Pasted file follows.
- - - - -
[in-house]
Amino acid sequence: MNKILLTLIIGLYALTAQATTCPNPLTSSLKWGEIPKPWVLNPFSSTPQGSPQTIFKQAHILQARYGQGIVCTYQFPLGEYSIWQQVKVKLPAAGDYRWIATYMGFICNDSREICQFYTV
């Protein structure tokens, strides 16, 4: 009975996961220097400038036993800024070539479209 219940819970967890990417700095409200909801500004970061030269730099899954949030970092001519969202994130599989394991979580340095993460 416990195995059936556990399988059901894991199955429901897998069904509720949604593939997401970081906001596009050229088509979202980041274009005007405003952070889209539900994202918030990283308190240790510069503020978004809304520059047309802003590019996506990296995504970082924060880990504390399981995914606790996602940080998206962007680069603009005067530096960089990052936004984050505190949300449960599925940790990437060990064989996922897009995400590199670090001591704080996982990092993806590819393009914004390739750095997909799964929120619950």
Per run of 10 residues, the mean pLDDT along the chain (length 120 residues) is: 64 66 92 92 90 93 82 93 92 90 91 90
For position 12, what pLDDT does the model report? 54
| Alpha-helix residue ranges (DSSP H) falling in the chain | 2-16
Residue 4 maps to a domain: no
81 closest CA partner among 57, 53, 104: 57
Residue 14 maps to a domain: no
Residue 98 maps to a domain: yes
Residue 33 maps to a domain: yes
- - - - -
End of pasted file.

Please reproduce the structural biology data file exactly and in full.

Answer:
[in-house]
Amino acid sequence: MNKILLTLIIGLYALTAQATTCPNPLTSSLKWGEIPKPWVLNPFSSTPQGSPQTIFKQAHILQARYGQGIVCTYQFPLGEYSIWQQVKVKLPAAGDYRWIATYMGFICNDSREICQFYTV
């Protein structure tokens, strides 16, 4: 009975996961220097400038036993800024070539479209 219940819970967890990417700095409200909801500004970061030269730099899954949030970092001519969202994130599989394991979580340095993460 416990195995059936556990399988059901894991199955429901897998069904509720949604593939997401970081906001596009050229088509979202980041274009005007405003952070889209539900994202918030990283308190240790510069503020978004809304520059047309802003590019996506990296995504970082924060880990504390399981995914606790996602940080998206962007680069603009005067530096960089990052936004984050505190949300449960599925940790990437060990064989996922897009995400590199670090001591704080996982990092993806590819393009914004390739750095997909799964929120619950």
Per run of 10 residues, the mean pLDDT along the chain (length 120 residues) is: 64 66 92 92 90 93 82 93 92 90 91 90
For position 12, what pLDDT does the model report? 54
| Alpha-helix residue ranges (DSSP H) falling in the chain | 2-16
Residue 4 maps to a domain: no
81 closest CA partner among 57, 53, 104: 57
Residue 14 maps to a domain: no
Residue 98 maps to a domain: yes
Residue 33 maps to a domain: yes